Once we picked our spot, I laid down flat on the sidewalk and instructed my VAL’s (Voice Instructed Lightstands) on where to stand. I used a couple of Godox V850’s for the shoot. Held by one of Wowy’s entourage, one V850 was attached with a bendy light mod that I picked up in Kuala Lumpur. Not as smooth as a softbox, it allowed me to get a nice spread of light to fill up Wowy. Since I was using the excellent Canon 8-15 f/4 Fisheye lens, I had to get him to crouch directly behind me. Wowy’s head of PR was holding the second V850 about 10 feet to my left. Zoomed to 105mm’s, she always had the flash pointed on Wowy’s head for a nice rim light. Both flashes were on HSS and a Cells II trigger was attached to my 5D Mark III. After doing a couple of power adjustments with the FT-16 trigger, we were ready to go.
As you can see, Wowy is a great subject.
We managed to fire around 20 frames before someone inside the tower told the security to shut us down. However, I think we managed to get the shots we needed. At least at this location.
Our next location would have been a rooftop at an apartment in District 5 but we were pressed for time. I wanted another location so we headed to the newly opened Nguyen Hue street. While we were walking there, I snapped off a few frames which came out pretty good considering I was constantly looking behind me to make sure I wasn’t running into anyone!
Originally a big four lane road, the municipality closed it for a few months and turned it into a pedestrian only area. I parked myself dead center in the street and again told Wowy to do his thing.
We spent about 10 minutes here and fired about 15 frames. After a review with Kendra, our awesome art director, we decided it was a wrap.
But not before Wowy grabbed my camera for a group shot.
A few more photos from the session:
I am a huge fan of airbnb. My wife and I constantly use it whenever we head out of Ho Chi Minh City as we love the homely feel of airbnb properties. In all honesty, it comes down to this: I like waking up and drinking my morning coffee without the rigamarole of getting dressed.
The service is also one of my regular clients. I’ve worked as one of their verified photographers in Ho Chi Minh City for the past few months. What that means is that once I take photos of a property, it becomes ‘verified’.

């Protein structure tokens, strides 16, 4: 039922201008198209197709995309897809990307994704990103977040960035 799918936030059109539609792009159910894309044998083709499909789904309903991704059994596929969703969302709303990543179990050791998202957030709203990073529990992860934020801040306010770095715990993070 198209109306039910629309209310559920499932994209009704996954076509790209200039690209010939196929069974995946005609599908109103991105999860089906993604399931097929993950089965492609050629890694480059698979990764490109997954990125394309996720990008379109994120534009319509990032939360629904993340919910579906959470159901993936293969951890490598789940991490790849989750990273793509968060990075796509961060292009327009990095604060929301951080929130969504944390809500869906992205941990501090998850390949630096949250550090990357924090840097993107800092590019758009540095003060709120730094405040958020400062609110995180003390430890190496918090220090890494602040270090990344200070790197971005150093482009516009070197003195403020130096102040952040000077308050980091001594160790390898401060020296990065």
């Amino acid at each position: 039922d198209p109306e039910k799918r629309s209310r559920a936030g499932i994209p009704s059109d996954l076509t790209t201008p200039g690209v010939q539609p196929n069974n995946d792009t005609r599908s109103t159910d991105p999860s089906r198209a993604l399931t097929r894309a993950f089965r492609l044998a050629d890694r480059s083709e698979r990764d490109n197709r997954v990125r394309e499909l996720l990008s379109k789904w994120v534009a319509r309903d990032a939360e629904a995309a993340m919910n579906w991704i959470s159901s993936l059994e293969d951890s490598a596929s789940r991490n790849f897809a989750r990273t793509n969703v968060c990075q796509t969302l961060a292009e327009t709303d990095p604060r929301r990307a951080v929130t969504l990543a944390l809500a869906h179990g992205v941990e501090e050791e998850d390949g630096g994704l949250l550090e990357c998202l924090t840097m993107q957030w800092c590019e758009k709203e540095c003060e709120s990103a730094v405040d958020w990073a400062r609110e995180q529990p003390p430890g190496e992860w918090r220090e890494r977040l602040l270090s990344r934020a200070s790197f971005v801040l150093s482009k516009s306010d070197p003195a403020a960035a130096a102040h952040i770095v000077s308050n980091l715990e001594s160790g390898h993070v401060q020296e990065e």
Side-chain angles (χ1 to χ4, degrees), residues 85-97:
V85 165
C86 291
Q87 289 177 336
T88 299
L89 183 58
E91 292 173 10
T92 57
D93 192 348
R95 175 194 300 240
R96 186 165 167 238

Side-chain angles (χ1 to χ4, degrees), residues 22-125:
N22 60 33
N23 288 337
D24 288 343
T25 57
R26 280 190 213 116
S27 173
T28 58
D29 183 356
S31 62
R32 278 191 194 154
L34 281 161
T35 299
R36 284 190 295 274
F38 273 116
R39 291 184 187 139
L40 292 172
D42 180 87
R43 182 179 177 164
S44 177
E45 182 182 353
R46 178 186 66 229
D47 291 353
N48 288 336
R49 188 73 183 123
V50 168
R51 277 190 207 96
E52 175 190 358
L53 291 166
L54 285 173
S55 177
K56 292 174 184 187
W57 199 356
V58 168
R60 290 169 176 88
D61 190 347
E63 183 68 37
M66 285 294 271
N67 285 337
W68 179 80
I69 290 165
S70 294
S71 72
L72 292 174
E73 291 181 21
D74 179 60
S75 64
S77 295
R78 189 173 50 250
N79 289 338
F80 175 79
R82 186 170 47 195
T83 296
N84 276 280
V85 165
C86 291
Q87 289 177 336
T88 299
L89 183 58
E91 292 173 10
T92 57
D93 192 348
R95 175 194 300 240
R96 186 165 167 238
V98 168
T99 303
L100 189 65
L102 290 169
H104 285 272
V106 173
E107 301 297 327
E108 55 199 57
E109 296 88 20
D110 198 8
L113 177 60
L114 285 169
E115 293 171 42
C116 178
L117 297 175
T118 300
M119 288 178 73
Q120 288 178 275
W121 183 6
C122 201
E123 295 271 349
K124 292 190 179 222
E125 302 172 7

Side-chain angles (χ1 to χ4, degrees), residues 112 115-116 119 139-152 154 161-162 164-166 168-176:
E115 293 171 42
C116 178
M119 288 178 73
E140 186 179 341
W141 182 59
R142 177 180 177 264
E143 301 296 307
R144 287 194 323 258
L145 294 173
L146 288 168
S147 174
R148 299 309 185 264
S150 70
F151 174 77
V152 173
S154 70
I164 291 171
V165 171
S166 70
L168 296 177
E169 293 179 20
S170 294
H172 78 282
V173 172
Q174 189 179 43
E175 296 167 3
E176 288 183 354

For a guest looking to book a place, it gives them the assurance of what they see is what they get as it is airbnb approved. For the host, it ensures that their property is documented by a vetted professional photographer which, according to airbnb, can mean up to 2.5 times more bookings. And, it’s free to the host.
For me, I get a nice steady gig of a few properties a month along with a chance to check out some places in town I can recommend for friends heading my way. I also enjoy meeting the hosts who come from a wide variety of backgrounds.
Each property has its own personality and I enjoy the challenge of being able to represent them in photos. For instance, a recent place in District 1 on Tran Quang Khai street. While located in a block style apartment complex, the apartment definitely has a personality of its own.
The living space has a couple of repurposed colonial window shutters that serve as the base for the coffee table and work table. I love the cushions that dot the seats.
I also love the old furniture. As a plus, he has given me the address to the warehouse where he bought the stuff!
Both bedrooms are nice and airy with huge windows bringing in tons of natural light which is great for a photographer. Once again, tons of those lovely cushions that I really love.
What’s also nice about working with airbnb is that they want a natural look to the photos. While I still did some post in photoshop, it’s pretty much what it looked like in camera.